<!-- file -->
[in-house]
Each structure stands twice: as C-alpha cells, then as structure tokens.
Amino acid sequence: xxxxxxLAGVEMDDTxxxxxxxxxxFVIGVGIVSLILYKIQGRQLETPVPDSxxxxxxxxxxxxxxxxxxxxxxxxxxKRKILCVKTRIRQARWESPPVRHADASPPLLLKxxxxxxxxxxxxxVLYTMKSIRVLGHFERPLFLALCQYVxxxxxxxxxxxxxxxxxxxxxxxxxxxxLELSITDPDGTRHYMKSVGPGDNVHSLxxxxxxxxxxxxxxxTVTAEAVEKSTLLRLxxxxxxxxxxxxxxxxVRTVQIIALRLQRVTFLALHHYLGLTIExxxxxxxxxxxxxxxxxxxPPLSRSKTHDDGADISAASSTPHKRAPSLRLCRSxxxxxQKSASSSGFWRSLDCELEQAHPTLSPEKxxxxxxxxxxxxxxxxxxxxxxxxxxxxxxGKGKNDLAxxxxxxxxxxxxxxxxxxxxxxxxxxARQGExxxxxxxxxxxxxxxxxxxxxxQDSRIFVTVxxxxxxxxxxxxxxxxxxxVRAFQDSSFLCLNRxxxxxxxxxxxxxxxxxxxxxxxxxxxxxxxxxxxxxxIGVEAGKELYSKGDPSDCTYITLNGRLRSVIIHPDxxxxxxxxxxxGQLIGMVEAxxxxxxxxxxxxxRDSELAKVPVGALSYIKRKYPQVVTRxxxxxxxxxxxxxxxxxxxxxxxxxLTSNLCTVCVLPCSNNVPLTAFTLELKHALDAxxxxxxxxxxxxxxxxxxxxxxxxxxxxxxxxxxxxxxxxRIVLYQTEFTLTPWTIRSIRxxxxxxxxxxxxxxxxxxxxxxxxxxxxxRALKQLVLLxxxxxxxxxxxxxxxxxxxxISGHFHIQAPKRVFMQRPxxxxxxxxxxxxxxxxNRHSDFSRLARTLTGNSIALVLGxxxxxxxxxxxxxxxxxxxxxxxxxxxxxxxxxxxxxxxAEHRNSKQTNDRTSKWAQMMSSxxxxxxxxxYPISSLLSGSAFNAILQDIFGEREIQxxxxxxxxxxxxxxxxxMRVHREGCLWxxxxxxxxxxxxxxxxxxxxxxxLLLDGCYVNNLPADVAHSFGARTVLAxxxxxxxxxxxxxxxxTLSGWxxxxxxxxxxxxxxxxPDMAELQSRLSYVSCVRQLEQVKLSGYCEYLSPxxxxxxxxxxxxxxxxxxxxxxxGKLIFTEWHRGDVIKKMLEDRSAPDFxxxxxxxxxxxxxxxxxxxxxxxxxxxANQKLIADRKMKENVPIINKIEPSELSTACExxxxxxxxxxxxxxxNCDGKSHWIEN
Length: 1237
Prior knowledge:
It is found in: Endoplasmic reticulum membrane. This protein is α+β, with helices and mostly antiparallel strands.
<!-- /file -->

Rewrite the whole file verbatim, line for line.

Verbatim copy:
[in-house]
Each structure stands twice: as C-alpha cells, then as structure tokens.
Amino acid sequence: xxxxxxLAGVEMDDTxxxxxxxxxxFVIGVGIVSLILYKIQGRQLETPVPDSxxxxxxxxxxxxxxxxxxxxxxxxxxKRKILCVKTRIRQARWESPPVRHADASPPLLLKxxxxxxxxxxxxxVLYTMKSIRVLGHFERPLFLALCQYVxxxxxxxxxxxxxxxxxxxxxxxxxxxxLELSITDPDGTRHYMKSVGPGDNVHSLxxxxxxxxxxxxxxxTVTAEAVEKSTLLRLxxxxxxxxxxxxxxxxVRTVQIIALRLQRVTFLALHHYLGLTIExxxxxxxxxxxxxxxxxxxPPLSRSKTHDDGADISAASSTPHKRAPSLRLCRSxxxxxQKSASSSGFWRSLDCELEQAHPTLSPEKxxxxxxxxxxxxxxxxxxxxxxxxxxxxxxGKGKNDLAxxxxxxxxxxxxxxxxxxxxxxxxxxARQGExxxxxxxxxxxxxxxxxxxxxxQDSRIFVTVxxxxxxxxxxxxxxxxxxxVRAFQDSSFLCLNRxxxxxxxxxxxxxxxxxxxxxxxxxxxxxxxxxxxxxxIGVEAGKELYSKGDPSDCTYITLNGRLRSVIIHPDxxxxxxxxxxxGQLIGMVEAxxxxxxxxxxxxxRDSELAKVPVGALSYIKRKYPQVVTRxxxxxxxxxxxxxxxxxxxxxxxxxLTSNLCTVCVLPCSNNVPLTAFTLELKHALDAxxxxxxxxxxxxxxxxxxxxxxxxxxxxxxxxxxxxxxxxRIVLYQTEFTLTPWTIRSIRxxxxxxxxxxxxxxxxxxxxxxxxxxxxxRALKQLVLLxxxxxxxxxxxxxxxxxxxxISGHFHIQAPKRVFMQRPxxxxxxxxxxxxxxxxNRHSDFSRLARTLTGNSIALVLGxxxxxxxxxxxxxxxxxxxxxxxxxxxxxxxxxxxxxxxAEHRNSKQTNDRTSKWAQMMSSxxxxxxxxxYPISSLLSGSAFNAILQDIFGEREIQxxxxxxxxxxxxxxxxxMRVHREGCLWxxxxxxxxxxxxxxxxxxxxxxxLLLDGCYVNNLPADVAHSFGARTVLAxxxxxxxxxxxxxxxxTLSGWxxxxxxxxxxxxxxxxPDMAELQSRLSYVSCVRQLEQVKLSGYCEYLSPxxxxxxxxxxxxxxxxxxxxxxxGKLIFTEWHRGDVIKKMLEDRSAPDFxxxxxxxxxxxxxxxxxxxxxxxxxxxANQKLIADRKMKENVPIINKIEPSELSTACExxxxxxxxxxxxxxxNCDGKSHWIEN
Length: 1237
Prior knowledge:
It is found in: Endoplasmic reticulum membrane. This protein is α+β, with helices and mostly antiparallel strands.